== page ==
Data Privacy Day Insights: Why Security Matters Every Day

Would it trouble you to know that people are making money off of you? 

We’re not talking about the taxes you pay or the parking meters you feed; we’re talking about organizations making hundreds per year off you without your permission or consent. We’re talking about the buying and selling of your data: all your personal signifiers that exist online (of which there are many.) A practice that, since its inception, has, at best, skirted the legality line and, more often than not, ignored it entirely. 

In recent years, companies and websites have been more transparent about their collection of your data, much to their chagrin. However, in many ways, this enforced transparency has simply pushed collectors of your data into more insidious territories. Yes, you now have the choice to accept or reject the gathering of cookies (ways in which websites can personalize your browsing experience… or sell your information), but there are still countless other ways in which your information can be accessed. And the information you give away for free (pictures of your puppy, genetic information, credit card numbers) can be big business for buyers and sellers of data. 

Ominously called “data brokers”, these shadowy entities began collecting people’s personal information in the 1950’s, not coincidentally at the same time as the arrival of the credit score. Data collection is nothing new, but its persistence in the face of countless legal challenges, speaks to the size of the market and its lust for your data. And the arrival of digital communication has caused business to go boom.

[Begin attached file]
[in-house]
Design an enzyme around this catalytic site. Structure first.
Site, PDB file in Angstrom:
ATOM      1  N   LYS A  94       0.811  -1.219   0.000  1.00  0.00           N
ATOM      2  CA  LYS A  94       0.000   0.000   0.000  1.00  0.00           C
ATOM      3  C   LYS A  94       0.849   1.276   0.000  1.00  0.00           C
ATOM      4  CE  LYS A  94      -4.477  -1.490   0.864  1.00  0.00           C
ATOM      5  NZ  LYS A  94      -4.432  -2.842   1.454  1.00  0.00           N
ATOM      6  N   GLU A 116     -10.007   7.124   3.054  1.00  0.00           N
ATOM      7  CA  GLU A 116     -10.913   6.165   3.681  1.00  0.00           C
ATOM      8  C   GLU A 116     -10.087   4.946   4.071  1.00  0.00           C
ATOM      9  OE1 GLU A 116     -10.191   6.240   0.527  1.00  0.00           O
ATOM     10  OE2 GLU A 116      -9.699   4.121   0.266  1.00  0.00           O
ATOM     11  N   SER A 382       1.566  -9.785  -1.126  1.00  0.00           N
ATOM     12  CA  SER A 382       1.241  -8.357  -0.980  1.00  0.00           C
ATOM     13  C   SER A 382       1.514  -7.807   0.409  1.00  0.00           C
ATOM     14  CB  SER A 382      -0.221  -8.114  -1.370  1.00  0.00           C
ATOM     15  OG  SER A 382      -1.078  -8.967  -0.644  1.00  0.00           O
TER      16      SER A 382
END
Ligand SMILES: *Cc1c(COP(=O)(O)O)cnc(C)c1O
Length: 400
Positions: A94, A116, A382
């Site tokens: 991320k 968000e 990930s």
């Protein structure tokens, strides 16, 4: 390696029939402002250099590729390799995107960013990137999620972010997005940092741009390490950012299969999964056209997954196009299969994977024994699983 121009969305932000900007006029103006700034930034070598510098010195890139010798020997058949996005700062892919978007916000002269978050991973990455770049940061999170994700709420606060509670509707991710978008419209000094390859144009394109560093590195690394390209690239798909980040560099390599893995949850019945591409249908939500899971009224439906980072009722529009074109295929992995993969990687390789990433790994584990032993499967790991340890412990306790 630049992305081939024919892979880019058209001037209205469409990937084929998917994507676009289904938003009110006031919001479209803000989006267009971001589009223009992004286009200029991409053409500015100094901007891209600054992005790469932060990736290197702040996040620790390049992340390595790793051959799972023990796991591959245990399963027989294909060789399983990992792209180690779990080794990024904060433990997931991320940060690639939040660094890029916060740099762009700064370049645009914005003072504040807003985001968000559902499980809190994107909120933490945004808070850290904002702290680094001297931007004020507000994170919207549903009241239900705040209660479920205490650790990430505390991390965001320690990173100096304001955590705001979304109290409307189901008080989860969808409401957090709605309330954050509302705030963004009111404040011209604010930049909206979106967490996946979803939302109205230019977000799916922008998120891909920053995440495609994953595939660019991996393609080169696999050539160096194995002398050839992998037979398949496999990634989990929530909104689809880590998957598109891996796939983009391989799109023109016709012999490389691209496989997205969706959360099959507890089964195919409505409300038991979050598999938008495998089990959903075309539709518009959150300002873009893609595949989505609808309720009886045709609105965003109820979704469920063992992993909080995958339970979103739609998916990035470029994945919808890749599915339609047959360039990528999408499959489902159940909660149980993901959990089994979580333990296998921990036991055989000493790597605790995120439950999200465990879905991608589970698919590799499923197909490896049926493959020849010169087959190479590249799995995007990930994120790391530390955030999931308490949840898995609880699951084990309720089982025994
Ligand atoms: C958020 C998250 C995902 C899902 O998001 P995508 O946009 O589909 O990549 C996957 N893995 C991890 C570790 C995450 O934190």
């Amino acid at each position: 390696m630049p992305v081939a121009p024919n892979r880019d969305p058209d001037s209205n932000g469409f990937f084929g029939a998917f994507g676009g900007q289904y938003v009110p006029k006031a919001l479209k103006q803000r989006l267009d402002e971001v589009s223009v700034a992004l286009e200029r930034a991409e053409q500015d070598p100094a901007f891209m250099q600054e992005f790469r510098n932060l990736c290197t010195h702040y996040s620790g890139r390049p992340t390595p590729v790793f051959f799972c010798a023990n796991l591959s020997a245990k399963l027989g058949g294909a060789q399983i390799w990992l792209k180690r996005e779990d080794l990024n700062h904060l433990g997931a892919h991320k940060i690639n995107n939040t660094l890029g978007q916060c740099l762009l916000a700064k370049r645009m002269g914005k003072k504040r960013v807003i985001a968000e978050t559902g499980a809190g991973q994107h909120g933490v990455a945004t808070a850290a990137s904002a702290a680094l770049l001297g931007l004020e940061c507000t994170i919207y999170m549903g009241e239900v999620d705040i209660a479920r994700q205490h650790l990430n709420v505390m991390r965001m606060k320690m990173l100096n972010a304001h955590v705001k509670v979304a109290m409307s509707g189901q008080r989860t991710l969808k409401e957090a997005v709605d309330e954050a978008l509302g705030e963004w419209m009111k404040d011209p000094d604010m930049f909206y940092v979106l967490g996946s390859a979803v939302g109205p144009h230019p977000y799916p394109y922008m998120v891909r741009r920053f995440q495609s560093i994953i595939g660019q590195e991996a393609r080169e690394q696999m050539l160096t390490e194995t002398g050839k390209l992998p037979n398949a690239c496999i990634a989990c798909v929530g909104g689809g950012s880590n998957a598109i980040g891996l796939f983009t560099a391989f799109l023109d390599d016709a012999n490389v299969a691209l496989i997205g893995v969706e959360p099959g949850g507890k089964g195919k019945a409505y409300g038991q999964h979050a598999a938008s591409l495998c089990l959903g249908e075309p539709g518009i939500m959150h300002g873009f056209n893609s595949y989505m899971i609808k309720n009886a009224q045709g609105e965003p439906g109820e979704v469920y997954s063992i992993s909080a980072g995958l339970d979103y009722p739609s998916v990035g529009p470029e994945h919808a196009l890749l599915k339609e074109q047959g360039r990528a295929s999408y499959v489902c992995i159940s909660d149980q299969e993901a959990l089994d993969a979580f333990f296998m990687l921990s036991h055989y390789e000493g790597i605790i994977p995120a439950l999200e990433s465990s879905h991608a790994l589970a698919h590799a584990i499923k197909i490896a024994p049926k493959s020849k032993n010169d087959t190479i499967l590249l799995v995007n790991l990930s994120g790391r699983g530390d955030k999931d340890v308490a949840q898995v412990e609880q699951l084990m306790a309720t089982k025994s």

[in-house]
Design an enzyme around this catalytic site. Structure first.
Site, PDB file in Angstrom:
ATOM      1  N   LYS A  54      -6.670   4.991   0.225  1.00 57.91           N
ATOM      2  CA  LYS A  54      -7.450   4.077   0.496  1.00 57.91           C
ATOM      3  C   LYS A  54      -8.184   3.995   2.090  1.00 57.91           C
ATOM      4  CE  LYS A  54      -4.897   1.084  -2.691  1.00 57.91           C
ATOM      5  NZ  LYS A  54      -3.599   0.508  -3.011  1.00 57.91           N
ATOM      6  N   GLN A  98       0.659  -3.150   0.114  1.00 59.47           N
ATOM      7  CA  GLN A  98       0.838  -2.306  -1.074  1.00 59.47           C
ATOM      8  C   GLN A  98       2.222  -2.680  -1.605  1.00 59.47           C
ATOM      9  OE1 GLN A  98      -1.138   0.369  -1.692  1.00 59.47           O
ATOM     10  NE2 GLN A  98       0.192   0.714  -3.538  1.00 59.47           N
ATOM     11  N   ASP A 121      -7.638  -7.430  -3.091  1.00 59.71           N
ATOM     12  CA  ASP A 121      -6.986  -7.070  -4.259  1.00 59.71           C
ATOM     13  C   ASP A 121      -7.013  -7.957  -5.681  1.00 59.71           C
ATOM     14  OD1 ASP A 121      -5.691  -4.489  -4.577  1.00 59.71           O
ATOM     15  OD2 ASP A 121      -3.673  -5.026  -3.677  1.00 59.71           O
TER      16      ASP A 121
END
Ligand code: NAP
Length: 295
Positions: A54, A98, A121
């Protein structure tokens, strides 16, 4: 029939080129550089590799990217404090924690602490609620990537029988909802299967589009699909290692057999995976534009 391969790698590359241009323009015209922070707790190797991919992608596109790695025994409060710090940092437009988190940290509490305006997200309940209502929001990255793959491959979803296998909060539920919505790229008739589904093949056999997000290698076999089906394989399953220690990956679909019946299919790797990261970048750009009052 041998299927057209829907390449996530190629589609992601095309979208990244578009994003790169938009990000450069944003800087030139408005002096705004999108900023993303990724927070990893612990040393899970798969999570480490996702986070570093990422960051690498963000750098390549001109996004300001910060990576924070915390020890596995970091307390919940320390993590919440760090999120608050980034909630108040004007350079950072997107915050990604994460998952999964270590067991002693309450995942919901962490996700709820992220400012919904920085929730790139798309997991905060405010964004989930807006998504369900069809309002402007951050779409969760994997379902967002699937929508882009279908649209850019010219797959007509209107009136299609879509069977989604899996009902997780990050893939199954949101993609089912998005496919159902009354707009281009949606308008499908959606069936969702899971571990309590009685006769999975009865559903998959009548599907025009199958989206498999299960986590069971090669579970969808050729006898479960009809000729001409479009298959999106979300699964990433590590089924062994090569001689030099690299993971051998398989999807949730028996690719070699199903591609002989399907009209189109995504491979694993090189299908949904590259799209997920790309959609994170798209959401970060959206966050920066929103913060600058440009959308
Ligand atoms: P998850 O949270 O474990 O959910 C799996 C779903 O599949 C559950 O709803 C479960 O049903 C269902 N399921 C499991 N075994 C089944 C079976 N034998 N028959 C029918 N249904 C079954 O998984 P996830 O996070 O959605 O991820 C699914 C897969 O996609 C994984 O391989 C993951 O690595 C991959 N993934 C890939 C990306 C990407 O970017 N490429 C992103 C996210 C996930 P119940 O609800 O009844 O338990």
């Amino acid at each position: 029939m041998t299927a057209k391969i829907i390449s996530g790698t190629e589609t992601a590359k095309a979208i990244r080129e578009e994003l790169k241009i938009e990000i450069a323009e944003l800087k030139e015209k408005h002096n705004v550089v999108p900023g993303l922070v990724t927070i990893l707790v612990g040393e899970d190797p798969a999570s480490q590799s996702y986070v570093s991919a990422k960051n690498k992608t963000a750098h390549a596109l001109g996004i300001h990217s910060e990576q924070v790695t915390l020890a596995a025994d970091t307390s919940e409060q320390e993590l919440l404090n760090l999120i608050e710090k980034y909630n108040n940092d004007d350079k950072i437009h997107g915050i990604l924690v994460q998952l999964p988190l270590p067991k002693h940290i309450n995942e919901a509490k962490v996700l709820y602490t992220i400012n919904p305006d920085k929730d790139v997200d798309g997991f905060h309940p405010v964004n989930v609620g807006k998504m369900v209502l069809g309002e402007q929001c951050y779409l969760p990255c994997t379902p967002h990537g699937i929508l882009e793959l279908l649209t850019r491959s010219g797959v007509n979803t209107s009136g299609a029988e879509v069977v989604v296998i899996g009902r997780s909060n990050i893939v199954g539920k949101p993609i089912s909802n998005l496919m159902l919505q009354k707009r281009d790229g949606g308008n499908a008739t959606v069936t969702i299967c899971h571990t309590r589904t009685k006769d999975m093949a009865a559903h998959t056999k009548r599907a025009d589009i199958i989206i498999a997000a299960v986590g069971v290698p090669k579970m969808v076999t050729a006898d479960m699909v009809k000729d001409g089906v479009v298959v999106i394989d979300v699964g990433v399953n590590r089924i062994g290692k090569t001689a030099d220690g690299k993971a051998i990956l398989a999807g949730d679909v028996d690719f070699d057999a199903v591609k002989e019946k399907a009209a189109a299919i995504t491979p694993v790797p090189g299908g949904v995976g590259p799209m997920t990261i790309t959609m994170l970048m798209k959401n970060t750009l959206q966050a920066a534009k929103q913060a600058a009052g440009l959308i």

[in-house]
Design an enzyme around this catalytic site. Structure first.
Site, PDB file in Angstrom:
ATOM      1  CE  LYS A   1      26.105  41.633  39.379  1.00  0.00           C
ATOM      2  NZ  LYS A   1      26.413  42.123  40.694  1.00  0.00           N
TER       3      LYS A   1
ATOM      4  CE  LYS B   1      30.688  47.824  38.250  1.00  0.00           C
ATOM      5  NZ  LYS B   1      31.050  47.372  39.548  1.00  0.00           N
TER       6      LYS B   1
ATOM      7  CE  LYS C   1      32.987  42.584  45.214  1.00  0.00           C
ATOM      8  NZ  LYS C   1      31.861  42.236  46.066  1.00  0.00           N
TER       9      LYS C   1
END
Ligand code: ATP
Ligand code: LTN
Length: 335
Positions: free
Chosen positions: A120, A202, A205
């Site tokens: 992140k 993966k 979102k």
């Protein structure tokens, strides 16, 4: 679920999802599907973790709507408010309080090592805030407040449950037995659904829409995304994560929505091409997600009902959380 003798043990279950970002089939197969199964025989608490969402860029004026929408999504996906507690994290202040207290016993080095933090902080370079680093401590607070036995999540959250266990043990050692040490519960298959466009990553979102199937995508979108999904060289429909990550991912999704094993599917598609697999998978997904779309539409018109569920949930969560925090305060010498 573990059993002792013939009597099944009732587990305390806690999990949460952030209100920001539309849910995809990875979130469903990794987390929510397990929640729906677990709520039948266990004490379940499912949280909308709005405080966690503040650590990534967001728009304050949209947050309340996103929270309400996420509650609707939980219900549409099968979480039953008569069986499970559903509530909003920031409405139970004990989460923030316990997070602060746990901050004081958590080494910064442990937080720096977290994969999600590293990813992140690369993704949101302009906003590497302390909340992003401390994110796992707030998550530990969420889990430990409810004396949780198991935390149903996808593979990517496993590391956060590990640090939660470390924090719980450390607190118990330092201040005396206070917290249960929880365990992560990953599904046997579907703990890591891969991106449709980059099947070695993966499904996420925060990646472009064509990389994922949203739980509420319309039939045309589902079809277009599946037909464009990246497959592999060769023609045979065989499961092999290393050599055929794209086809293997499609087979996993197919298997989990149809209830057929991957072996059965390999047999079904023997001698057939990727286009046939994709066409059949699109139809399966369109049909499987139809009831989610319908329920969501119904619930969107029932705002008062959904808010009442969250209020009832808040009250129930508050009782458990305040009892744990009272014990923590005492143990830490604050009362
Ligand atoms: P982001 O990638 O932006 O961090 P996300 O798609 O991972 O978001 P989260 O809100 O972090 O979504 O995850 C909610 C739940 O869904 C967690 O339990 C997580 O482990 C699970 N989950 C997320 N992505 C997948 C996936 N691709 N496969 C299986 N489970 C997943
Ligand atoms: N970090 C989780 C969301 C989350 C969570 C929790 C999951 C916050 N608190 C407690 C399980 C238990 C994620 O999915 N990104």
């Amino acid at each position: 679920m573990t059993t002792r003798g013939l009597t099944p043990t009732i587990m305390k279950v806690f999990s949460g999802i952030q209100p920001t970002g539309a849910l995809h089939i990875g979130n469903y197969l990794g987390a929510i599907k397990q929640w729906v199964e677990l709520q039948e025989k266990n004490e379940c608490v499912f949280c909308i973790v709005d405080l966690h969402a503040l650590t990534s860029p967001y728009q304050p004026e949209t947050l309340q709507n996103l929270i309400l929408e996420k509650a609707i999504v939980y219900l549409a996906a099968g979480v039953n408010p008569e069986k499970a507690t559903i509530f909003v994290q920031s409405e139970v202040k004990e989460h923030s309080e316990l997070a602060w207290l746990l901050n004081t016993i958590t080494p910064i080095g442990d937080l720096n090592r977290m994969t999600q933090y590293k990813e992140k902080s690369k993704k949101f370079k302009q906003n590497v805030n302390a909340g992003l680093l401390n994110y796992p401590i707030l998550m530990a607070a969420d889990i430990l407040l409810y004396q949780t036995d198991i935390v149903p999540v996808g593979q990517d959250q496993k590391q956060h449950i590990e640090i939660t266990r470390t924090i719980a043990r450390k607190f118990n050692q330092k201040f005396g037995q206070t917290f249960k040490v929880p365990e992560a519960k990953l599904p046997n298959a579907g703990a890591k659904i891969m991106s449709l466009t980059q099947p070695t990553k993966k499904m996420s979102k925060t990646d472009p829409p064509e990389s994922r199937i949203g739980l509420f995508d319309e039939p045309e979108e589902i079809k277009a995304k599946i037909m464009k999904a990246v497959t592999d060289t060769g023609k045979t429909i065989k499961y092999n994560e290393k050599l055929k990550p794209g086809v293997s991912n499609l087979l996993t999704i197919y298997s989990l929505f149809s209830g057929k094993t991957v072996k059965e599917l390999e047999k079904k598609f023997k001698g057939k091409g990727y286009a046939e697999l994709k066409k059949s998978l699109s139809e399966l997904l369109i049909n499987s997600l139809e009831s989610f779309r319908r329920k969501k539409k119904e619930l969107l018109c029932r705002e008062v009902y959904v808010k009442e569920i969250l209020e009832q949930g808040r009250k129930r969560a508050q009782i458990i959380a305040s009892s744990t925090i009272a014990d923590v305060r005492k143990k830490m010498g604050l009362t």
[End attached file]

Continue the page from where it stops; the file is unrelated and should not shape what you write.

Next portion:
If this shadowy, incredibly lucrative, industry sounds vaguely dystopian and borderline unlawful to you, that’s because it is. But everyone from multinational corporations to government entities does business with data brokers just the same,each for their own reasons. And, unless you reside far away from civilization, your movements, keystrokes, expenditures, account statements, genealogical history and social media interactions can be documentented, categorized and utilized by anyone with the right amount of motivation and money. Sometimes you unwittingly give it away freely. Other times it’s stolen. 

However, there are ways you can protect yourself, and ways in which you’re protected. 

28 January is Data Privacy Day, which is a commemoration of the 1981 signing of Convention 108, which protects personal right to data privacy. This European convention also had the foresight to account for the online flow of data that would become prevalent in the following decades. Since its ratification, the convention has been modernized to reflect the rapidly evolving nature of data protection. It’s a day to be thankful for intelligent people who were prepared to protect our rights in unexplored territories.

These days, Data Privacy Day has become so important that most people and organizations have extended its observation to a full week. Maintaining the privacy and security of your personal data is of utmost importance. It protects you from cybercrime, identity theft, fraud… and that icky feeling you get when someone’s peeking over your shoulder.